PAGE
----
Panama City, Fla.—”Free pancakes. Free rides,” yelled Hannah Wiggins as she walked down the Panama City Beach strip waving business-sized cards in the air.
After getting brushed off by one-too-many sunburned Spring Breakers, the University of Kentucky student turned and said, “I don’t know why anyone would turn down free pancakes.”
More than 870 Baptist Collegiate Ministry students took part in Beach Reach 2015, including 105 from Kentucky. The servant evangelism ministry, a LifeWay-sponsored event, offered free transportation and breakfast for two weeks in March to college students on Spring Break in Panama City, Fla.
“There’s a lot of darkness down there,” said Brian Combs, collegiate evangelism strategists at the Kentucky Baptist Convention, “but there are also a lot of people that don’t know Jesus. Beach Reach gives our students the opportunity to practice their faith, while also meeting a need of helping other people encounter Christ.”
But like free pancakes, Combs said the offer of free salvation through Christ gets ignored, too.
Abbey Hudspeth said she dismissed God’s pursuit of her heart despite growing up in a strong Christian home and attending church regularly.
Last Spring Break, Hudspeth was standing in the drink mixer aisle of a major retailer in Panama City when she was greeted by a familiar face. It was Jonathan Clark, her Baptist campus missionary at Murray State University.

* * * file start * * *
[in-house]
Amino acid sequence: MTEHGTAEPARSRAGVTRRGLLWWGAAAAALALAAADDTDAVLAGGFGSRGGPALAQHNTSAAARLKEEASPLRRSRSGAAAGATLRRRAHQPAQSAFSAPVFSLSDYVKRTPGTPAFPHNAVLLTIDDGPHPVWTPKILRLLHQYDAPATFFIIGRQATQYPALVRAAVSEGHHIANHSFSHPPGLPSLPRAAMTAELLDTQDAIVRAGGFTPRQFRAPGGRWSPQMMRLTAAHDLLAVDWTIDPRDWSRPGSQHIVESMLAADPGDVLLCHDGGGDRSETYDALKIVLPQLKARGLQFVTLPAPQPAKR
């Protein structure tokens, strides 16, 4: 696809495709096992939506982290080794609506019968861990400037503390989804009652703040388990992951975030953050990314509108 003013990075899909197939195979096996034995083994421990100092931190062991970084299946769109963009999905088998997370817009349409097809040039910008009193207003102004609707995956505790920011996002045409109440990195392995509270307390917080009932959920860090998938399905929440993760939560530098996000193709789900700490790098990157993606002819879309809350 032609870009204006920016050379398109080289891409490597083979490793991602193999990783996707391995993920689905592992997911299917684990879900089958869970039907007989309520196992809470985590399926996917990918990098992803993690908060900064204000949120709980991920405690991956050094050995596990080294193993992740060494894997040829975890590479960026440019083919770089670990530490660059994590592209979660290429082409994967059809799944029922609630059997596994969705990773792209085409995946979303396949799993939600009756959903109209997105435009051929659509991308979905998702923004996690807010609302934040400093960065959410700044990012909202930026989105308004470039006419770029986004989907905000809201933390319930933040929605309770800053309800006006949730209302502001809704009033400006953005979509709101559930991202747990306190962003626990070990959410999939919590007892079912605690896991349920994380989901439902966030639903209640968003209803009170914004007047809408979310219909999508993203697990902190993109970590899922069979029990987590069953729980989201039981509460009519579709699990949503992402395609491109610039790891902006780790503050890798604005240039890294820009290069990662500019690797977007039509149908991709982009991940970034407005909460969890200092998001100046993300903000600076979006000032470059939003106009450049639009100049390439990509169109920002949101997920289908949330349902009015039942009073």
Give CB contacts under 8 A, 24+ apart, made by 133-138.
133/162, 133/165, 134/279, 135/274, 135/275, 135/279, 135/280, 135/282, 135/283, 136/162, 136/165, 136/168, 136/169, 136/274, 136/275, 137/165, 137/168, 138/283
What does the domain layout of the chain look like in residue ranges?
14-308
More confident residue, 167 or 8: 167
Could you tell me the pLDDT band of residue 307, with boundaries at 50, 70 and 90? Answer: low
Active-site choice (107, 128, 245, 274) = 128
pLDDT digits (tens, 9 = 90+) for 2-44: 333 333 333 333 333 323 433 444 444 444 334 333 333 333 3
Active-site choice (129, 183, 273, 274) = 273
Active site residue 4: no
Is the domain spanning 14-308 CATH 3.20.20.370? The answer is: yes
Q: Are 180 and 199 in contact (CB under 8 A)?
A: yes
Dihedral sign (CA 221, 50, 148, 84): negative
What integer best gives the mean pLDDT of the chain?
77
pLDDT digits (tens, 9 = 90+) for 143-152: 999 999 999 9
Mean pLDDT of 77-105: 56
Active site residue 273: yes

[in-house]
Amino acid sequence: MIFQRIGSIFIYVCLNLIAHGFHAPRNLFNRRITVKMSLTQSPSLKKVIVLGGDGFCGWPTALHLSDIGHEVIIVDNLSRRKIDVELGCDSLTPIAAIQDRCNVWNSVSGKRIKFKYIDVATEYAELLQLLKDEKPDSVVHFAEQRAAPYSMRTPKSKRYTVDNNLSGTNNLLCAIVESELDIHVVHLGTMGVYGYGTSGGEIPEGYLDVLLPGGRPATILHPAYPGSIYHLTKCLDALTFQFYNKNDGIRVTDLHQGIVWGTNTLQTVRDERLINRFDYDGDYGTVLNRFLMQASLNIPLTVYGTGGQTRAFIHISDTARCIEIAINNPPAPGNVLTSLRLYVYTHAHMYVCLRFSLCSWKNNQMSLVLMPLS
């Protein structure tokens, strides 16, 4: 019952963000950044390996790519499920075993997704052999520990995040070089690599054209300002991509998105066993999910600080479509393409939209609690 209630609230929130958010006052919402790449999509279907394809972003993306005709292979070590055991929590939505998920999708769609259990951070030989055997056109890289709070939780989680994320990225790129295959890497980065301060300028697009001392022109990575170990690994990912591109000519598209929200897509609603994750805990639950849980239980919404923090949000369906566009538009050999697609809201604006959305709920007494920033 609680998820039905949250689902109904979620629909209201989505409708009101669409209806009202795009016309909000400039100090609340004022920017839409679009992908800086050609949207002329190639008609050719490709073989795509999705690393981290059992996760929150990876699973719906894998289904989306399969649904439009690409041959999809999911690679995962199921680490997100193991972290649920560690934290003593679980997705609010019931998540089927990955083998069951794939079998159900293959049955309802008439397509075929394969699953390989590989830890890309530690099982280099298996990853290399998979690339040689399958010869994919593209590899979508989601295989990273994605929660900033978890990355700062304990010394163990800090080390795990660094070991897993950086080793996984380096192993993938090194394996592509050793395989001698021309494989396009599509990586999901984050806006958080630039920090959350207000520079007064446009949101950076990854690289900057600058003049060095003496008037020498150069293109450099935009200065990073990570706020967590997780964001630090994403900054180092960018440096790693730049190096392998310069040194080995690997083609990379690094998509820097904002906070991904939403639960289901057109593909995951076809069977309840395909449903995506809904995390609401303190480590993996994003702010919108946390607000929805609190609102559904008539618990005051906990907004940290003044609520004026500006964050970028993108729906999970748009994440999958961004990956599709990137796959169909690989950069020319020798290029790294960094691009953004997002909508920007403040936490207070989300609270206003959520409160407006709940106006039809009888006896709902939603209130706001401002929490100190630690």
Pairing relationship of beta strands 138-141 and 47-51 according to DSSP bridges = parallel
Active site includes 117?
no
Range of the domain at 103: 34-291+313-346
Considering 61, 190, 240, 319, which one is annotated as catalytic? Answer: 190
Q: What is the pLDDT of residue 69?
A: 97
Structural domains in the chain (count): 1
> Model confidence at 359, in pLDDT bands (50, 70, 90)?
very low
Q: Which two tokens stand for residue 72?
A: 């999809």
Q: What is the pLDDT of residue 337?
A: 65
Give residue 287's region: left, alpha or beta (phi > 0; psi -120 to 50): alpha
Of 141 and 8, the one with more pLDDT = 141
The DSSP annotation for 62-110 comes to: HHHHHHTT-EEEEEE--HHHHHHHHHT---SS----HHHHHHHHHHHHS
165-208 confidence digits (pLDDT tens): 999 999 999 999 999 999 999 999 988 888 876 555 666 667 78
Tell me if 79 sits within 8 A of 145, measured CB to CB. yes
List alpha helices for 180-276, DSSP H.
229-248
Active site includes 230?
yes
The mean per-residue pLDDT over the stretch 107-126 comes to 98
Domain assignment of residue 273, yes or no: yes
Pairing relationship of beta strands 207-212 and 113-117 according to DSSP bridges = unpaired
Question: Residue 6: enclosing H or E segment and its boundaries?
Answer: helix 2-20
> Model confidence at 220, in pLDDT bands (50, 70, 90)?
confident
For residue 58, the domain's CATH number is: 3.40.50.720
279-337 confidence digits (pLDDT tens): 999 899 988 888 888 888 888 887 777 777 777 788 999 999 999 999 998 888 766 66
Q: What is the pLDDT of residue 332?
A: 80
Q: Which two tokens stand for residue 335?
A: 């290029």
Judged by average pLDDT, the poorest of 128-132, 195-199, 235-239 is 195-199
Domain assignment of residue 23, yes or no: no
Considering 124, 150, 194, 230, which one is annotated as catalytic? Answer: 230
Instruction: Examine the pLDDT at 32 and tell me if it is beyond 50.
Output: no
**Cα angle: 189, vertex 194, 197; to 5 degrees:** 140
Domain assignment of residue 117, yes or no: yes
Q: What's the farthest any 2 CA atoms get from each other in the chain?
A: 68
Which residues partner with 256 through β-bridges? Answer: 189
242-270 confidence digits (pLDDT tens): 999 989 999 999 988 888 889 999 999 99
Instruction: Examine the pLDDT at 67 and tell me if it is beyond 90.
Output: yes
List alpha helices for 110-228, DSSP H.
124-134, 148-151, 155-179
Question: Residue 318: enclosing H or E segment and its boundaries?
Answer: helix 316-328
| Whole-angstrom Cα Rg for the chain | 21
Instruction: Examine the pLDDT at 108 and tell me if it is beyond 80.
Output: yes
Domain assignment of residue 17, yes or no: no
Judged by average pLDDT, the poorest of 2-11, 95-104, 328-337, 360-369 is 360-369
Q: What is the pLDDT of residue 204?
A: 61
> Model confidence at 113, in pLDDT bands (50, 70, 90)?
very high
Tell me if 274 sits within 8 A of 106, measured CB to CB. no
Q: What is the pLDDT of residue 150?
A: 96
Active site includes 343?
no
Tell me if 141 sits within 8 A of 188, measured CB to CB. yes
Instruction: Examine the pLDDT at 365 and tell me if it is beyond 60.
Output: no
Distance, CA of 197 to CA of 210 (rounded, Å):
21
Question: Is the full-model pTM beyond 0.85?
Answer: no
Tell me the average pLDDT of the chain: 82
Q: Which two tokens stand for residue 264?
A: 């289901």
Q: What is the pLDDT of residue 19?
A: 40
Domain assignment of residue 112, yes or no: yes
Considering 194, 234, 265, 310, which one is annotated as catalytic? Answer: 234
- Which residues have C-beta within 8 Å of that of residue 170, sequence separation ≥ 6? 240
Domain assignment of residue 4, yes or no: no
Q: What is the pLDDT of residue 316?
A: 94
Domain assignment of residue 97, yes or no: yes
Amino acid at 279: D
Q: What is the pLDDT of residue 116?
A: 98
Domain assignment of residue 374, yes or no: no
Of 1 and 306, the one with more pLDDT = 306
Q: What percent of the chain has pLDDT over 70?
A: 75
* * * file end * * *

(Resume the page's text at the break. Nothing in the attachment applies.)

“I immediately felt embarrassed,” said Hudspeth, now in her second year at college.
As a freshman, she had only attended a few BCM events, but enough to know that Clark was in town for Beach Reach.
Looking back, Hudspeth said she was living a double life. She would go to BCM events just to have something to tell her parents, then hide the fact she was hitting the party scene on the weekends.
“I was pushing God away and even stopped believing he existed,” Hudspeth said. “I was trying to convince myself that living a lifestyle of sin was going to be okay, that I could handle it, that I would be happier.”
After the encounter with Clark, however, Hudspeth said the Holy Spirit began convicting her. Hudspeth purchased the mixers, but spent the rest of the week sober.
“God just kept bringing me more and more people, especially through the BCM,” Hudspeth said of the next several months. “They encouraged me to be vulnerable and honest with myself and with God.”
Hudspeth later followed the Lord in believer’s baptism on May 11, 2014.
As another Spring Break approached Hudspeth found herself packing for Panama City once again, but this time she would be the one reaching out to lost college students
“I really want to encourage and inspire Spring Breakers who are exactly where I was last year,” Hudspeth said. “I want to help reveal to them there is so much more to life than what they are doing. They are worth so much more than they are giving themselves credit for.”
On an average night, Beach Reach provides free rides for about 1,200 college students many of whom are high, inebriated or both. During rides, BCM students attempt to quickly engage passengers in spiritual conversations.
“I’ve seen people get on the van who were drunk, stinking of alcohol, and within a 30 minute ride be able to comprehend a gospel presentation and be saved,” said Jon Barron, UK’s campus missionary. “I get God bumps just thinking about it.”